Teaching/Extension Credit Requirement

A. Introduction

Practice in teaching through resident education or extension education has great value to graduate students. Students who have these experiences have a better understanding of horticulture and of the rewards and challenges of careers involving education.

Each M.S. and Ph.D. student is required to take two (2) credits of either HORT 602 (Supervised College Teaching)* or HORT 596 with a focus in either extension or teaching. This requirement is independent of the source of funding supporting the student’s education.

The teaching/extension credit requirement may be waived by the department head if extenuating circumstances exist (i.e. the graduate student is on leave from a teaching position in another Horticulture Department).

B. Teaching Experience

The purpose of this program is to give the student a meaningful teaching experience and a chance to develop teaching techniques.

How do I set up the supervised teaching experience?
Discuss the teaching requirement ahead of time with your advisor and consider which course would be appropriate for you to obtain this experience. You should be familiar with the subject material of the course, and the instructor of the course must be willing to serve as the supervisor of your teaching experience. Contact the course instructor ahead of time and discuss the expectations and activities which will allow you to obtain a meaningful teaching experience. If you are in agreement, sign up for HORT 602 during the semester of your supervised teaching experience.

Should I sign up for HORT 596 or HORT 602?
HORT 602 will appear on your transcript with the title “Supervised Experience in College Teaching”, which may have some value in subsequent job searches. HORT 596 carries the title “Special Topics”, which does not indicate the nature of the experience on the transcript. However, because the 602 course cannot be used to meet the 30 credit requirement for M.S. and M.Ag. students -- students in those programs who wish the supervised teaching to count toward the credit requirement should sign up for HORT 596. Ph.D. students would be better off using HORT 602.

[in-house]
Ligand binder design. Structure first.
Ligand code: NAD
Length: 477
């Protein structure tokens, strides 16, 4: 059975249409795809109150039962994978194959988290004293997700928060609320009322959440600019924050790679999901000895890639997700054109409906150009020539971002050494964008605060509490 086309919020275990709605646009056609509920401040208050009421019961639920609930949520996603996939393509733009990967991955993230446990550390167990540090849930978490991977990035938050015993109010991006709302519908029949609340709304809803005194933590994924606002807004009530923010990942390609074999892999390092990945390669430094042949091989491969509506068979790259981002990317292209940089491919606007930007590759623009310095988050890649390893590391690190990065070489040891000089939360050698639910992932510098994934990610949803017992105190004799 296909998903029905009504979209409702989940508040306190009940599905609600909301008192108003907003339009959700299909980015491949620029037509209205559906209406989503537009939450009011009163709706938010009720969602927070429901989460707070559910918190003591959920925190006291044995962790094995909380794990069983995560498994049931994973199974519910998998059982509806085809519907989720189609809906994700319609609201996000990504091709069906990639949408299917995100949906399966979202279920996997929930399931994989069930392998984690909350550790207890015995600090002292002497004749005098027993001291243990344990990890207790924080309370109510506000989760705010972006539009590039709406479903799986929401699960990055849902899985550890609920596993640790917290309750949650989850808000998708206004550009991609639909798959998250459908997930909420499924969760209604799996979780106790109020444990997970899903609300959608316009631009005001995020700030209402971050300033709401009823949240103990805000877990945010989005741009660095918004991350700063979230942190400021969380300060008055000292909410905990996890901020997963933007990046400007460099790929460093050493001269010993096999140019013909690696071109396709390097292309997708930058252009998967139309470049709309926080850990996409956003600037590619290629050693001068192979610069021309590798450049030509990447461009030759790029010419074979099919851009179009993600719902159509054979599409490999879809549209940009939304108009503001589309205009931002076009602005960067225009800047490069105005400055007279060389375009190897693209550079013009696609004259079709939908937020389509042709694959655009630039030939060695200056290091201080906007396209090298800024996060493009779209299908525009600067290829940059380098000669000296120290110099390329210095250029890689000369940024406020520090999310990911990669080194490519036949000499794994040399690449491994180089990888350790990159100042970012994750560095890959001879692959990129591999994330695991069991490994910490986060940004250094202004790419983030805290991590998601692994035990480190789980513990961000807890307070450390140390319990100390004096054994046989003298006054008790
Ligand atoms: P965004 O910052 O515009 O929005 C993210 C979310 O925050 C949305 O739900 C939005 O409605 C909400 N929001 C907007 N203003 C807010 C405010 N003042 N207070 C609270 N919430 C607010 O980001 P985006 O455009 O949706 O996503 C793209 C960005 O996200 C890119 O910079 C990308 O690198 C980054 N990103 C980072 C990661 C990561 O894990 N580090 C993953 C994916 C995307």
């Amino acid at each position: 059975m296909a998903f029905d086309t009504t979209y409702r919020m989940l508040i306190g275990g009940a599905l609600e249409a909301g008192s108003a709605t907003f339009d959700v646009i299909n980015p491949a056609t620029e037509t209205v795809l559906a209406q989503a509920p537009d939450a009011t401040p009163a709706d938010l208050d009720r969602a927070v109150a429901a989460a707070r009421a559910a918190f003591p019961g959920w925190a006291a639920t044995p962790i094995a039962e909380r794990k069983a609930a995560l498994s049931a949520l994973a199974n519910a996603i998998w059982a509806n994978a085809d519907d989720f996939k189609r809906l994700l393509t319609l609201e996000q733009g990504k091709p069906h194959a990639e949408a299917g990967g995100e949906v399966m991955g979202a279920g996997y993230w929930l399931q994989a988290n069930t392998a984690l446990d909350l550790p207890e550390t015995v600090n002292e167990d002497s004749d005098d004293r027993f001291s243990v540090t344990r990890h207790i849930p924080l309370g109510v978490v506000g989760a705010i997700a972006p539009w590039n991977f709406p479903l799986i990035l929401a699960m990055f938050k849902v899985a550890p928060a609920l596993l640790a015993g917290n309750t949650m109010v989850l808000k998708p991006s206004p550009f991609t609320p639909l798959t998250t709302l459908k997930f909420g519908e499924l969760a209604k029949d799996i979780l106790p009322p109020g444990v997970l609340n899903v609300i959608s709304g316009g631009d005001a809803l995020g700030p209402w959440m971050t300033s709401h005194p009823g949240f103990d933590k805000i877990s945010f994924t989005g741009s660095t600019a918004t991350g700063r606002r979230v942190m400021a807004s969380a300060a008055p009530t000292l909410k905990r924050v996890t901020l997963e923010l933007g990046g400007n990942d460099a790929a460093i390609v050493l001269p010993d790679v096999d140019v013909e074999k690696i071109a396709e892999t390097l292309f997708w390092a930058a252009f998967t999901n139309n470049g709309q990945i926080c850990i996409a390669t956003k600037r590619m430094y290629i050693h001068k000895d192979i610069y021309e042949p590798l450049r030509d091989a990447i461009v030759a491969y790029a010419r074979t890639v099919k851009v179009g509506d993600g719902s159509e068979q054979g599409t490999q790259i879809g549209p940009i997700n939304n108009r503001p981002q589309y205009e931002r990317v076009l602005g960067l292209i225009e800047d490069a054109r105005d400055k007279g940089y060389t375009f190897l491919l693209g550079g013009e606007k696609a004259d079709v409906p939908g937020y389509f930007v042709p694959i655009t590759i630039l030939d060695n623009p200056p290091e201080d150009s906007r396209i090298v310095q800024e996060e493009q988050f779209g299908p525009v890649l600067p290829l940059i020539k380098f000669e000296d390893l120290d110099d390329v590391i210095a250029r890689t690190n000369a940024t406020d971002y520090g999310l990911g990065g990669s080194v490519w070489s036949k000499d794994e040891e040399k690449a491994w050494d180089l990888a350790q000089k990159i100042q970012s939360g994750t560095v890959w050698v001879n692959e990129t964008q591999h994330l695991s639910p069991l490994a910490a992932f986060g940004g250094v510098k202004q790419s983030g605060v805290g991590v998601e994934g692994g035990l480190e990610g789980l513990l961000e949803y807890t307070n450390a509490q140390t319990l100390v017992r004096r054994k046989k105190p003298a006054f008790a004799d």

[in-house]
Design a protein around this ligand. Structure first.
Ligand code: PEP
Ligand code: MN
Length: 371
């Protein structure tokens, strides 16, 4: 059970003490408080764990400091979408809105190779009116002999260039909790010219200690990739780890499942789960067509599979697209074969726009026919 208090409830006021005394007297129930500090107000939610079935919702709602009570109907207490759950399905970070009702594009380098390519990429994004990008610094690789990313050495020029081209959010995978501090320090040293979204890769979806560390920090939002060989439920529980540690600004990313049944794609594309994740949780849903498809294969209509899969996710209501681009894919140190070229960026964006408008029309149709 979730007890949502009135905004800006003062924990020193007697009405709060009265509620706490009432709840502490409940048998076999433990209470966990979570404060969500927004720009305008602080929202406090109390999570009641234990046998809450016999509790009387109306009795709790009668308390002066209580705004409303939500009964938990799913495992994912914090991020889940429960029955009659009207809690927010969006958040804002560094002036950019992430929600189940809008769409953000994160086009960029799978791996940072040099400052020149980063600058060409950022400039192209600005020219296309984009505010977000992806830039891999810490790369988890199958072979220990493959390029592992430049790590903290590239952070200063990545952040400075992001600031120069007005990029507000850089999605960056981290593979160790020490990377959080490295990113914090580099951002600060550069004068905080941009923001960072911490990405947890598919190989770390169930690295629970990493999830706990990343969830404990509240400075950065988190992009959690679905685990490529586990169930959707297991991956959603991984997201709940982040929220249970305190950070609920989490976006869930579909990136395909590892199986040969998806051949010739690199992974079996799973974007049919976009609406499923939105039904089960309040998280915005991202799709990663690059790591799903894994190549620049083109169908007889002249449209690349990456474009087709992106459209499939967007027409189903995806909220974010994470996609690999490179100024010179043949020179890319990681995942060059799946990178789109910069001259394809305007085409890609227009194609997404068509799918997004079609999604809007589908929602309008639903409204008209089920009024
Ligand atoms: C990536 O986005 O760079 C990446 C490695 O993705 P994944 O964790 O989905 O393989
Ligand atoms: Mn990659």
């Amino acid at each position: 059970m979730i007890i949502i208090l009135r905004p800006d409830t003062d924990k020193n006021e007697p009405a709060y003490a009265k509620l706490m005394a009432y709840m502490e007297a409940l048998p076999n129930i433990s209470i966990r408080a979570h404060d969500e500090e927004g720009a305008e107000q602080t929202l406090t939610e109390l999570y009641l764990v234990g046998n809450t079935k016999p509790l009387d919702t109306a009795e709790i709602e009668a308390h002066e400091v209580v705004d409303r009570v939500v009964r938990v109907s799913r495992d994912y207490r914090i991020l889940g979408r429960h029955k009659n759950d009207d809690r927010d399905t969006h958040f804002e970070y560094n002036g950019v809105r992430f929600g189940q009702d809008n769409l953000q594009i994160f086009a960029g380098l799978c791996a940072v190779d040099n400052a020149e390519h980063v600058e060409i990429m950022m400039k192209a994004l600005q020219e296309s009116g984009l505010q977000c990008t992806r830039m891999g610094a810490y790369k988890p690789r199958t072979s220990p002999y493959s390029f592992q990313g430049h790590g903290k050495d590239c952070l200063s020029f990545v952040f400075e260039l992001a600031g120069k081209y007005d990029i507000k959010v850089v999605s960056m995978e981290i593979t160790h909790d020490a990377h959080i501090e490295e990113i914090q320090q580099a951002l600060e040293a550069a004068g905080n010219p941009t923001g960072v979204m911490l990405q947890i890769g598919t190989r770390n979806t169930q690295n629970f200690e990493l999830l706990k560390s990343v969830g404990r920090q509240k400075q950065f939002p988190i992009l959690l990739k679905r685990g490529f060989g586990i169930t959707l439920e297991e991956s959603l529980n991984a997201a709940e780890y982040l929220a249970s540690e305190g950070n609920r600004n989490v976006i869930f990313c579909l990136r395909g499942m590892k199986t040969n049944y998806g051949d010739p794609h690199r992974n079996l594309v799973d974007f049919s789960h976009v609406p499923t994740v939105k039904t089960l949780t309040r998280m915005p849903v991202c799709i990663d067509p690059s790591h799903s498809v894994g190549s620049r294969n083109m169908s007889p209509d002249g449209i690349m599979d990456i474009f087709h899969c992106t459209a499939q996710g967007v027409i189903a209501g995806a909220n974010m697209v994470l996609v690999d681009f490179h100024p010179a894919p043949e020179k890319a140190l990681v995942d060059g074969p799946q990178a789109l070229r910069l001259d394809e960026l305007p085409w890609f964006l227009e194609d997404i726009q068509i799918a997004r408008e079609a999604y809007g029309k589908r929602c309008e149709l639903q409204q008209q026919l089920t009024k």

Can I meet this requirement through my regular TA assignments?
If the teaching experience is to be conducted in the context of a teaching assistantship assignment, you should request from the department head that you be assigned to the course in which you wish to conduct your supervised teaching. The department head will make every effort to accommodate these requests, but must also consider the needs for assistants in all the courses. Your assignment to a particular course is therefore not guaranteed.

What kinds of activities would constitute a meaningful supervised teaching experience?
You should have direct teaching experience. This means involvement in several types of activities crucial to teaching a course. Examples include designing, setting up, and/or running laboratory sessions, writing and presenting a few lectures, designing quizzes or questions for exams and grading them, leading discussion sessions, and helping develop modifications of the course. An assignment involving only the grading of tests, taking of attendance, and cleaning up of labs is contrary to the purpose of this experience. An important aspect of a quality teaching experience is constructive feedback from your mentor(s). The responsibility for this rests with the supervisor (instructor for the course). The instructor can use student evaluations and/or his/her own evaluations and observations as sources of information. Ideally, your supervisor will provide suggestions on how to improve your performance. Upon completion of the teaching experience, the instructor must write an evaluation of your performance and give copies to you and to the department head. The letter should indicate the nature of your involvement and performance evaluation.

C. Extension Experience

The purpose of the extension experience is to obtain experience in methods and practice of extension education by working with a faculty member with an extension appointment.

How do I set up an extension experience?
First you should select an extension specialist with whom you have common work interests. Discuss possible activities and assignments (see below for ideas) and find out if this person is willing to serve as your mentor and supervisor for this experience. If so, sign up for HORT 596 for two (2) credits, for which you should expect to spend 6-9 hours per week.

What kinds of activities could I do that would constitute extension experience?
This is a very flexible category, and may include direct contact with clientele, adaptive research reporting, or development of extension education materials. Here are some examples:

  • Conduct an on-farm test and present the results to a clientele audience (orally or in writing).
  • Adapt research data for use by extension agents or audiences, e.g. write an article for trade journal.
  • Write an extension publication, such as a leaflet or bulletin, for publication by the PSU Cooperative Extension.
  • Develop a web presentation, video, or audio presentation for use by extension audiences.
  • Facilitate a commodity meeting by assisting with program development, giving a presentation, leading a discussion, or writing the proceedings.
  • Arrange and conduct a tour for an extension audience.
  • Respond to queries from extension agents and growers or other clientele.
  • Assist with problem-solving on-site.